Genetic gains help cut sheep worm resistance

Having selected sheep for parasite resistance, Richard Chantler has reduced anthelmintic use by half.

One of the UK’s leading New Zealand Romney breeders, who is making significant progress towards worm resistance in his flock, says breeders may soon be in a position to sell certificated sheep with a given level of resistance.

Richard Chantler says research scientists in New Zealand are close to identifying the genes for worm resistance.

“I believe it won’t be long before we will be able to sell certificated sheep with a given level of resistance, be that single copy or double,” says Mr Chantler who, with his wife, Penny, runs a flock of 300 pure-bred New Zealand Romneys at Hill Farm, Llanigon, Hay-on-Wye.

Worm resistance has been a priority as the Chantlers have developed their flock, using semen from Murray Rohloff’s Awereka stud in the South Island. For the past 15 years this New Zealander has been breeding for worm resistance.

Mr Chantler selects sheep for their parasite resistance. By collecting sheep droppings, he has successfully reduced by half the reliance on anthelmintics for internal parasites. This year, the average worm count a sheep has dropped from about 800 eggs/g of faeces to 200 eggs/g.

“We believe drenching sheep is an unnecessary chore,” he says. “Drench resistance is too common around the world; drugs are becoming unpopular and it is harder to find new ones.

“When we first started on the worm-resistance trail we hadn’t drenched any adult sheep for 15 years, we just culled the daggy ones. We were already doing regular worm counting with our own Fecpak on-farm faecal egg count kit, so going a couple of steps further wasn’t a problem.”

His protocol is to mob-count, then drench before carrying out another mob count. He expects a clean result and then repeats the mob count every five days until the result is up to 800 eggs/g. He then takes individual samples, with repeat samples eight days later.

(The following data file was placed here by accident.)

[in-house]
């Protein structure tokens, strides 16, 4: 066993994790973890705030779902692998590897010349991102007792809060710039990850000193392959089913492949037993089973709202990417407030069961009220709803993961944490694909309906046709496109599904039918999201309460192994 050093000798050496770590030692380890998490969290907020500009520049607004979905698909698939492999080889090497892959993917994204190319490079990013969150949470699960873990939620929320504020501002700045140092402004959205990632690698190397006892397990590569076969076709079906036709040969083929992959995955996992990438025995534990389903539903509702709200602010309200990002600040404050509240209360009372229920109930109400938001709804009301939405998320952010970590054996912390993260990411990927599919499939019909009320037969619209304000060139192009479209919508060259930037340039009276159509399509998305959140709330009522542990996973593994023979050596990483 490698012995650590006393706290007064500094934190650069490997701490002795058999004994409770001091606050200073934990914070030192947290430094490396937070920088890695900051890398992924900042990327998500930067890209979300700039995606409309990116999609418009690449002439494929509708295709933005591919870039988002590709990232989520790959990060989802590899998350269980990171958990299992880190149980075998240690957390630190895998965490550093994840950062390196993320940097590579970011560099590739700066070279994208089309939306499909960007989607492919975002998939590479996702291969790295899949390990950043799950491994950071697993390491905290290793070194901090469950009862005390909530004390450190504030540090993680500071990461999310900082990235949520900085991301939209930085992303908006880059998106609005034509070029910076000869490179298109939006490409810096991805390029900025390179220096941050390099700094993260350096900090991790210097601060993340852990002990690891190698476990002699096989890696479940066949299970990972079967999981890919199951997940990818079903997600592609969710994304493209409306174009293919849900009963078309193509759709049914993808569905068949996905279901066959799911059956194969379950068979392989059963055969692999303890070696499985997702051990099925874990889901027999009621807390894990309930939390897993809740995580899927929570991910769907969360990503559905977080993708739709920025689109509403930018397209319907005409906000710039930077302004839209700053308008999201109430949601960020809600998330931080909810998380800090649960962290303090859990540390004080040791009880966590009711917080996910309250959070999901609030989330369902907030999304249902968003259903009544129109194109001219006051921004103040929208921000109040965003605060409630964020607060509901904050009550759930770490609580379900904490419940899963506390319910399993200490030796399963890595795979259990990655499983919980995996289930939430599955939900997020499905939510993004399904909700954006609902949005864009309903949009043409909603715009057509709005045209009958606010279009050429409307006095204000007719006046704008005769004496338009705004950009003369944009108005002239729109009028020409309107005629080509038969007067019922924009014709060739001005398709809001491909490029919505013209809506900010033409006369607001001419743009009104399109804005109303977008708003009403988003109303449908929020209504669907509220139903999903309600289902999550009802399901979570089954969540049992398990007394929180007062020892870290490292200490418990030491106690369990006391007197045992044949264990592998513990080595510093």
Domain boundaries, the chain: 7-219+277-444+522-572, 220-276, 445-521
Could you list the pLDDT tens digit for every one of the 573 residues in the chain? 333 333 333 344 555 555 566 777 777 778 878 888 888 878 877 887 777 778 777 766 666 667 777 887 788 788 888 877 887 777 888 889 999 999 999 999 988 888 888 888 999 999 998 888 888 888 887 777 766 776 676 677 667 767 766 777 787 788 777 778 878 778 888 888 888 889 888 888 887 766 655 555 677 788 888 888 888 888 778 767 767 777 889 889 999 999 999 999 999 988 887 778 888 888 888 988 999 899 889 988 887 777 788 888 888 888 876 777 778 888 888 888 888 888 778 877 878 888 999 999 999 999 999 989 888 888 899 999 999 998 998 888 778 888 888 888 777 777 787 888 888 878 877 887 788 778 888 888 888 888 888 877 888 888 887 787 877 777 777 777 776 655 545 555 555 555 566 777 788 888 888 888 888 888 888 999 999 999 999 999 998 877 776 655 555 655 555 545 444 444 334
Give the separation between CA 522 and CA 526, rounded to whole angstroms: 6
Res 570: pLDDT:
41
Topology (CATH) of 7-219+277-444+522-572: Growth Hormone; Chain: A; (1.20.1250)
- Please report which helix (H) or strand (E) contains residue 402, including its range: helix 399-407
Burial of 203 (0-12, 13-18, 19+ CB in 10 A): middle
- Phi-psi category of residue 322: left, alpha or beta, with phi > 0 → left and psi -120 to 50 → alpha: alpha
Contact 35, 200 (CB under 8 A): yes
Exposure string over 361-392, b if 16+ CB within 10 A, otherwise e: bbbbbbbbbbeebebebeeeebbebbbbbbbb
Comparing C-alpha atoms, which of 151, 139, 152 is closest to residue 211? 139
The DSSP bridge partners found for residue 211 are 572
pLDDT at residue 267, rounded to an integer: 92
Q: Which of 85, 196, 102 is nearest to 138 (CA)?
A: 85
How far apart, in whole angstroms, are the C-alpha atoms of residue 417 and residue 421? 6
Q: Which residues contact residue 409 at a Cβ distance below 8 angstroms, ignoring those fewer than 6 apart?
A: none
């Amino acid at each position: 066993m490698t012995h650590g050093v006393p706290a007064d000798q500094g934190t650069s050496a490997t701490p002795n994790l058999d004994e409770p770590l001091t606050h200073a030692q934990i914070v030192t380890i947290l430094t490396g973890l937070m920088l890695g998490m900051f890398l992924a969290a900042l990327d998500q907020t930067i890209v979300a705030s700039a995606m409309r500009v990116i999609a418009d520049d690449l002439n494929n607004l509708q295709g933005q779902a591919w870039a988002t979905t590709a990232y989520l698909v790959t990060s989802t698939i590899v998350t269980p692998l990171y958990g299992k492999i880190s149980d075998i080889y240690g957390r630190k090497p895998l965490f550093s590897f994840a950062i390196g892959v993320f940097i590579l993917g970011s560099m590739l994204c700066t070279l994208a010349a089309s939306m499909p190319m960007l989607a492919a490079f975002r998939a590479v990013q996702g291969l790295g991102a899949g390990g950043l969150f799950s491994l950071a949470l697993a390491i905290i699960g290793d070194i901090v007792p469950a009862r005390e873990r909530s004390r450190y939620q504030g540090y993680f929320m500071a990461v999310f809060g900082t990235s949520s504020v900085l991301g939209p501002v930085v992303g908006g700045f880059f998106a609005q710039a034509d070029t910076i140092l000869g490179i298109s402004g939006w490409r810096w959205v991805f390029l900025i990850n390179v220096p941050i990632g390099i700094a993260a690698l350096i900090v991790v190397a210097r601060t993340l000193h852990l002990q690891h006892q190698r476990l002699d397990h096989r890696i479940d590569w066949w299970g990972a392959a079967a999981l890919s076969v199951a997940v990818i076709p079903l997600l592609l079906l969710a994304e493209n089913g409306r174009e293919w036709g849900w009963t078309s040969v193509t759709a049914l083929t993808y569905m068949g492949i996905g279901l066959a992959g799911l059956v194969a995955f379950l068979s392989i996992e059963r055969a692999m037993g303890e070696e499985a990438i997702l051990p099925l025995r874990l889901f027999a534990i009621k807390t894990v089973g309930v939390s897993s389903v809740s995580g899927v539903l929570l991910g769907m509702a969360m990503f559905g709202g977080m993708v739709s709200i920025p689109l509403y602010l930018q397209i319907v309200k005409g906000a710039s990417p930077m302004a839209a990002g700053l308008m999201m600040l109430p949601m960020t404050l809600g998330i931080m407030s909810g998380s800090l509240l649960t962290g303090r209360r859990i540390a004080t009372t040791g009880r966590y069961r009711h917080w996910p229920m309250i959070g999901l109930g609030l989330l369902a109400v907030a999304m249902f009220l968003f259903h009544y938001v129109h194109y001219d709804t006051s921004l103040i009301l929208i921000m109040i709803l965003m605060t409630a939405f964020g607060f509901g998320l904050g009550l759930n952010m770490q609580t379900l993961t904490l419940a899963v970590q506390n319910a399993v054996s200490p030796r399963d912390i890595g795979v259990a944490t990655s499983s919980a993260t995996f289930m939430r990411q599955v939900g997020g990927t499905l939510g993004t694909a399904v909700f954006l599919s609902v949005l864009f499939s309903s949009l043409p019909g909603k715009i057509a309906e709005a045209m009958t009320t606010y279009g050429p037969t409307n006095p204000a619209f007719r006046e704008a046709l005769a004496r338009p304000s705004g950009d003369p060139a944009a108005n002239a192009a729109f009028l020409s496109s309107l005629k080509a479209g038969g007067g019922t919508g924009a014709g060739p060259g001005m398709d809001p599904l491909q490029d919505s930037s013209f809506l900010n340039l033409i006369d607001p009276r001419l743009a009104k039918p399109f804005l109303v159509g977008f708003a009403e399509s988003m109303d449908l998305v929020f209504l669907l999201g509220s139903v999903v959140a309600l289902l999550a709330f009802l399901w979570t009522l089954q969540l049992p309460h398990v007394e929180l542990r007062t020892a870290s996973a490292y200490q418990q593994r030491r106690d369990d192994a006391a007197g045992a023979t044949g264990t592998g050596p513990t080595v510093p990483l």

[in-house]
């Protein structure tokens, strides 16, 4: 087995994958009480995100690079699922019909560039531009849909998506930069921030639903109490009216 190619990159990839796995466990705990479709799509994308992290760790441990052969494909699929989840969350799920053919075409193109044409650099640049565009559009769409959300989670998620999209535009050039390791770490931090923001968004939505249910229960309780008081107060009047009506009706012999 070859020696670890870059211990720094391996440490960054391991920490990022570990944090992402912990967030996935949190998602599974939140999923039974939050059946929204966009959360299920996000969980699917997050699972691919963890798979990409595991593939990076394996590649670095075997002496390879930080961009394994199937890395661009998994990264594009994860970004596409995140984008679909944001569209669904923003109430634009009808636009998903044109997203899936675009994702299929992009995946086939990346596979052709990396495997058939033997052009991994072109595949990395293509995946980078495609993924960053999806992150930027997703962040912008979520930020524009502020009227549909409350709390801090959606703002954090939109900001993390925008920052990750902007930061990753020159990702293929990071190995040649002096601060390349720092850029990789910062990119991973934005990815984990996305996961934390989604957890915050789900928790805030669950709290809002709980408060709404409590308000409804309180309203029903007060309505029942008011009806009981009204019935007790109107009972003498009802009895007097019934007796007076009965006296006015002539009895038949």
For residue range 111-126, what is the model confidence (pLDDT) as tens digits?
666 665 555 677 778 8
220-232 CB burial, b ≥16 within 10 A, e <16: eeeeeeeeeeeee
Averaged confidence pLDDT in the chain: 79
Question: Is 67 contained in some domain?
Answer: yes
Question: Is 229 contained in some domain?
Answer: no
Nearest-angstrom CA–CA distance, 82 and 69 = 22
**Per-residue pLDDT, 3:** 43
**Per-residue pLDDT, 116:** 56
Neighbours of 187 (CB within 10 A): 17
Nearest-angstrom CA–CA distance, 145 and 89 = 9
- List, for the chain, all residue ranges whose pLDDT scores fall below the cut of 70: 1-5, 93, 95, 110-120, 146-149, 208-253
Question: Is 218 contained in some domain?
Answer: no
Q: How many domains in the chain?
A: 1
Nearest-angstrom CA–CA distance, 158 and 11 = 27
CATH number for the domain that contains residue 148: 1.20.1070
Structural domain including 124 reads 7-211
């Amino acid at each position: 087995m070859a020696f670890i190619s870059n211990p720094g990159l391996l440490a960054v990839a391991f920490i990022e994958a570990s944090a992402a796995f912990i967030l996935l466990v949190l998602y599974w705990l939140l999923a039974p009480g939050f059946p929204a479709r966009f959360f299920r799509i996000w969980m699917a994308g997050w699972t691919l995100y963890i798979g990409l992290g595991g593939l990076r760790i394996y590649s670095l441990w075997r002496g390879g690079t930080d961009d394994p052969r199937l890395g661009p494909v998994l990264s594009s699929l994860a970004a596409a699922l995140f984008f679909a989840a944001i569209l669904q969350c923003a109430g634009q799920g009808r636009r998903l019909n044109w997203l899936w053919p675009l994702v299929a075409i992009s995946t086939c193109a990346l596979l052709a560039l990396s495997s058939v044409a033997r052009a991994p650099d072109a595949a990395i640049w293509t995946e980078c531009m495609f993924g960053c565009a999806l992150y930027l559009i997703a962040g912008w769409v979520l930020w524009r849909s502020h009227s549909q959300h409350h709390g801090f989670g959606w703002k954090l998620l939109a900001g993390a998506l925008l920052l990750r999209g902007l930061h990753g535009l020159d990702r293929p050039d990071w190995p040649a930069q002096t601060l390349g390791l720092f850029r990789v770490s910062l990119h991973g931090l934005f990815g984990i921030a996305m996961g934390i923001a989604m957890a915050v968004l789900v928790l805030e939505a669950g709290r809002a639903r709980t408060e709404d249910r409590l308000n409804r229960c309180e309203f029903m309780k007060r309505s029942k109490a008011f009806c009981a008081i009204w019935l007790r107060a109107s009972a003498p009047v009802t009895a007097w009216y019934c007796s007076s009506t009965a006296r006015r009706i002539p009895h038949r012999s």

At this point, the two samples accrue to allow a FEC Effective Breeding Value to be calculated. “When we started five years ago we only got about six ram lambs with a minus FEC, but now the best 10% are minus 35%. In fact, we only drenched the lambs in 2009 for the FEC protocol,” says Mr Chantler.

The Chantlers established the flock in 1986 when they bought ewes from the Wye College Romney Development Group. These were high fecundity “Kent” Romneys and New Zealand Romneys. Two years later they inseminated the ewes with semen from the New Zealand Romney Development Group, using a ram with the highest score for fecundity. With 3m ewes in the Group at that time the genetic base was large. The Chantlers were also impressed with the effort the Kiwis had put into genetics and selection.

The ewes are mated using the Animate selection programme, which matches ewes to selected rams for specific traits without the risk of inbreeding.

This allows the Chantlers to make even faster genetic gains for selected traits, including worm resistance, weaning percentage, growth rate, carcass quality and wool. “I still believe wool is worth it,” says Mr Chantler. “Only once has wool not at least paid for the shearing and we shear twice a year, in May and October.”

The sheep graze off-farm on winter tack between October and March. If there is no grass when the ewes return for lambing, they are fed cake and hay. At 1100ft, grass growth doesn’t kick in until the end of April.

The triplets are mostly lambed inside, but left as triplets so they can be looked after as well as possible. “We want them to prove they can rear three,” says Mr Chantler.

He tries to keep all rams and shearlings away until May. “By then we have enough grass to feed 300 ewes, their lambs and the shearlings, so no sheep sold as breeding stock has had anything to eat but grass,” he says. “By managing the youngstock this way they are fit not fat. Our rams regularly serve 150 ewes and keep growing.”

All ram lambs are kept entire for recording and only when the results come back in October does he cull about half of them.

These are finished either on keep or in a shed after Christmas. The top 50% of the ewe lambs are kept either as replacements or to sell as shearlings.